Since he was a young boy, people have told Nathan Collum he sounds like Elvis Presley when he sings.Contributed Photo
Nathan A. Cullom aka Smooth Country
* Hometown: Knoxville.
* Age: 54.
* Education: Associates degree from Clinton Junior College, Rockville, S.C., Cleveland State Police Academy.
* Vocation: Retired policeman.
* Movie: "An Officer and a Gentleman."
* Performer: Elvis Presley.
* Song: "Amazing Grace" and "My Way."
* Book: The Bible.
* Actor: Denzel Washington.
* Quotation: "If in your heart you believe and your mind receives it, you can achieve it."
Nathan Cullom admits that what he now views as a gift made for some awkward moments when he was a teenager.
Cullom has always been able to sing, and he has always been partial to country music, which was introduced to him by his father. Even as a youngster, Cullom sang in a style that reminded people of a certain superstar from Tupelo, Miss.
Cullom said people thought it was cute when a 10-year-old black boy living in Knoxville channeled a country song as Elvis, but it wasn't so cool when he did it a few years later. By college, however, Cullom was confident enough to be himself, and he's been singing his way ever since.
Today, he fronts a group called Spiritual Roots aka Smooth Country.
Q: How long have you been singing?
A: I've always sung. When I was 10, I sang a country song in a contest, and I won. That got me started as Smooth Country, I guess, though I didn't get the name till later.
Then, it was cute, but as a teenager and all that peer pressure, I had to let it go. My dad loved country, but growing up, I couldn't listen to it because of the peer pressure. I got into Motown and R&B like everybody else.
I also watched a lot of Elvis movies growing up. A lot of people said I sounded like him. A black lady at my dad's church came up to me and said you sing like Elvis, and that stuck with me.
I also always sang in church choirs in Knoxville, and I sang in the college chorus.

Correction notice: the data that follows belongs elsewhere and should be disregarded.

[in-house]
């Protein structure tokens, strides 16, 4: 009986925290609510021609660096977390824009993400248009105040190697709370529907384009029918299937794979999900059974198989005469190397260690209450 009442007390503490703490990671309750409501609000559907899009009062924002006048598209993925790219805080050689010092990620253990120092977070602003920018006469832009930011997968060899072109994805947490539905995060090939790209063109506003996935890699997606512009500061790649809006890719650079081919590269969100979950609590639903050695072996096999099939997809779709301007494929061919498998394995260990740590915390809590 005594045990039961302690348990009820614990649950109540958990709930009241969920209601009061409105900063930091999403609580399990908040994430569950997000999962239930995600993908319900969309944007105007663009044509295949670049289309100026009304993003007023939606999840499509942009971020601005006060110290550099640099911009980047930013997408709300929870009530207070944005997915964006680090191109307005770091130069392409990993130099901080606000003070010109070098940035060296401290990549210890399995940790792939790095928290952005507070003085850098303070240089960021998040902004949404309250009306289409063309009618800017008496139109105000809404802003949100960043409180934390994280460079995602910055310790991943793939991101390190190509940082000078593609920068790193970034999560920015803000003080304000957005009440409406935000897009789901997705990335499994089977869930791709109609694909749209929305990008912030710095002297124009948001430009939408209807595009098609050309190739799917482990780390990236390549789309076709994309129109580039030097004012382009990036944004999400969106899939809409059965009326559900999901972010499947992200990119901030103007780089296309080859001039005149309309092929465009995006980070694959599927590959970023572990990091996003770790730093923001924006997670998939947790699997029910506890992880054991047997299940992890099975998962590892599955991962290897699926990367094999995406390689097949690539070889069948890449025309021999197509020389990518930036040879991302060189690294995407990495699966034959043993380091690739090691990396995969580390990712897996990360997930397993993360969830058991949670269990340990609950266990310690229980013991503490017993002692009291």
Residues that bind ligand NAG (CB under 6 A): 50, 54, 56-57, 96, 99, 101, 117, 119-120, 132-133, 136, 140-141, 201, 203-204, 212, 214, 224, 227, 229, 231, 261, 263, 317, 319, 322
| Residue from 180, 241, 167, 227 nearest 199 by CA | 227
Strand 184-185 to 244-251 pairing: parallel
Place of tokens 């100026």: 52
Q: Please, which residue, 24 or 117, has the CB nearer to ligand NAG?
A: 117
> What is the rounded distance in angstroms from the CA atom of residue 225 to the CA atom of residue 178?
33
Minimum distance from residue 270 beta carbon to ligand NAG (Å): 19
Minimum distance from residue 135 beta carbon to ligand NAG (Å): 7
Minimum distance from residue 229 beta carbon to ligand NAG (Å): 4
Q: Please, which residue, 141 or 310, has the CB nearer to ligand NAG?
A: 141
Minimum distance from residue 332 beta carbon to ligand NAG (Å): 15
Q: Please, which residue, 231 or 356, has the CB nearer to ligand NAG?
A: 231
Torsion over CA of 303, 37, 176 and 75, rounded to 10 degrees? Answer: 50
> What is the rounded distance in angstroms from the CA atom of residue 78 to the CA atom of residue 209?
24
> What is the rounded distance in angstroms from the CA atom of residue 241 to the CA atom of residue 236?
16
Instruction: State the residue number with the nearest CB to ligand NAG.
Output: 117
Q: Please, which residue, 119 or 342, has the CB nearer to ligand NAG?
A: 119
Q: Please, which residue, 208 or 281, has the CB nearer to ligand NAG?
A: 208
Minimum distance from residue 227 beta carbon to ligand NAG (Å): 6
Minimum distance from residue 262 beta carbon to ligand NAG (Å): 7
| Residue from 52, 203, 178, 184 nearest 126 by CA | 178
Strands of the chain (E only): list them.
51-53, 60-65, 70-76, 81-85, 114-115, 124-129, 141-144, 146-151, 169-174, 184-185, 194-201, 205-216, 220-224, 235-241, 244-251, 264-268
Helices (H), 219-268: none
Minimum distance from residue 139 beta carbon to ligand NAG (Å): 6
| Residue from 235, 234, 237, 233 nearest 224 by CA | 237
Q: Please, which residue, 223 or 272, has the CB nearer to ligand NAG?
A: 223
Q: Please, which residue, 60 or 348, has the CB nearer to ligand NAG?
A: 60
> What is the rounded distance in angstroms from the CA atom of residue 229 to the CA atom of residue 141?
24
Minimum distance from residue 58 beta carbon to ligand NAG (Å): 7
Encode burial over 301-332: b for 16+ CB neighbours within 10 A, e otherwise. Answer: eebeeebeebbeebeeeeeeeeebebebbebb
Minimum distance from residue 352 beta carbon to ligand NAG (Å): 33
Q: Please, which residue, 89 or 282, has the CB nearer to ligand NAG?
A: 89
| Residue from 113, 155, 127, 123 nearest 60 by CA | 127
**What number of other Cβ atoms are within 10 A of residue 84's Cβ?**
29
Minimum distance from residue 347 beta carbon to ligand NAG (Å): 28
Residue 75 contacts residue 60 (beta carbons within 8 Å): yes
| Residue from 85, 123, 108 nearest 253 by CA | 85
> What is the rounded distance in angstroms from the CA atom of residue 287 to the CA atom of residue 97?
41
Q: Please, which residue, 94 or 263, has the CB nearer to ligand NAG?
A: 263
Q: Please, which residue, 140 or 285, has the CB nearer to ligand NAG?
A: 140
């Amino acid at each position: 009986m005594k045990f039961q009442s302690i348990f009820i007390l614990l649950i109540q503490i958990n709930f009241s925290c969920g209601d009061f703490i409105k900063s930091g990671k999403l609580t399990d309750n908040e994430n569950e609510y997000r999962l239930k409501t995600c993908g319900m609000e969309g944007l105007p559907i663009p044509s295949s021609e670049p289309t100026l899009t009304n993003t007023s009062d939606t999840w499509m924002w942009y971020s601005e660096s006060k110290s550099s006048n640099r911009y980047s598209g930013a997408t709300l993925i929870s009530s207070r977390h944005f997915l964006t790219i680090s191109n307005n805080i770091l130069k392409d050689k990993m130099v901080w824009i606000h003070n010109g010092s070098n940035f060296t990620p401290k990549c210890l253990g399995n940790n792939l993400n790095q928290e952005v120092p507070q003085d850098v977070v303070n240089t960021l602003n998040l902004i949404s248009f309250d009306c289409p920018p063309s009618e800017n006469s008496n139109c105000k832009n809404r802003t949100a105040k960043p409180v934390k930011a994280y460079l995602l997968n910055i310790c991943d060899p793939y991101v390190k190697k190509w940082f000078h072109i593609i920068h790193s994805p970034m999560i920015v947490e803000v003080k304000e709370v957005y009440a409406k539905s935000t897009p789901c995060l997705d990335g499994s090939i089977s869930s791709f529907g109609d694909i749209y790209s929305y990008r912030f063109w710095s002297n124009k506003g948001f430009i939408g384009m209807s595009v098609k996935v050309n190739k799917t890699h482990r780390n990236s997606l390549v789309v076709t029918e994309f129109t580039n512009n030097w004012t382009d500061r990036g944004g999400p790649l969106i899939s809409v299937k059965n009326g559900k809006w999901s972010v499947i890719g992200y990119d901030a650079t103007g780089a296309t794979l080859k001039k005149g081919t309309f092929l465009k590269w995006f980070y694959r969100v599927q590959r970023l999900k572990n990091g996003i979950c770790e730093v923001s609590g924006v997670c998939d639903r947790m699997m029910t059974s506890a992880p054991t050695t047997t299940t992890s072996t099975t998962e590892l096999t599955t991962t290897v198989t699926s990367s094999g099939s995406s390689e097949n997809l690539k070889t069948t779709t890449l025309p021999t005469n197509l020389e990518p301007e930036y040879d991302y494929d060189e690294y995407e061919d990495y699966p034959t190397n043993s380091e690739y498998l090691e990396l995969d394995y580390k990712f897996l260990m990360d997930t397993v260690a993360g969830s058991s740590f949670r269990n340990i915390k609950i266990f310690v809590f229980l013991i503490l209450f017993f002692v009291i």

Q: When did you start singing professionally?
A: In 1997. I auditioned for a talent show in Nashville, and it went well. I got to record in a studio with some really professional people. The producer came up with Smooth Country. The bass player on my recording played with Elvis, and he said I sound like him. He also played with Ronnie Milsap.
From that I connected with Marty Martel. He worked with Johnny Paycheck. I performed for Marty, and he gave me high marks. That meant a lot.
Then I put a band together and continued as Smooth Country for about seven years. We did stuff in Knoxville, and I traveled up and down the road to Nashville. It was fun. I enjoyed it, but I wanted to try something different, so I came up with Spiritual Roots. It has guys from my church.
Q: Who is in the band?
A: David Dawson on guitar, Lance Scott on bass, Joel Sullivan on drums and Jean Booth on keyboards.
We do spiritual stuff with a base of gospel. We also do things like "Wind Beneath My Wings," and "In the Ghetto." A mix of Ray Charles, Nat "King" Cole and, of course, Elvis. We get a lot of requests for Elvis.
I know it's kind of strange when a black guy sounds like a white guy, but I'm serious when I say it comes naturally.
Q: People were often critical of Elvis for trying to sound black.
A: I know. When people see me they say, "You don't look anything like I thought you would." Even my choir director.
People know me as Smooth Country, so we put it back in the name and made it Spiritual Roots aka Smooth Country.
We've been doing stuff to help fight gang violence. We recorded a single with "Something Bigger Than You" on one side and "In the Ghetto" on the other. We like to perform live and talk about fighting gang violence.
I am most proud of this project.
Q: Do you have shows lined up?
A: We did one at Thanksgiving at Eastgate and a New Year's program. We had a pre-Valentine show at First- Centenary [United Methodist Church] and we have a show March 30 at Barking Legs [Theater].
Q: What is your dream when it comes to music?
A: My dream is to enjoy the music business and what we are doing as long as I can. At one time it was about getting a break, and I don't want to give up on that. I wouldn't turn down an opportunity by any means, but I'm having fun and have been these last 15 years.
Barry Courter is staff reporter and columnist for the Times Free Press. He started his journalism career at the Chattanooga News-Free Press in 1987. He covers primarily entertainment and events for ChattanoogaNow, as well as feature stories for the Life section. Born in Lafayette, Ind., Barry has lived in Chattanooga since 1968. He graduated from Notre Dame High School and the University of Tennessee at Chattanooga with a degree in broadcast journalism. He previously was ...
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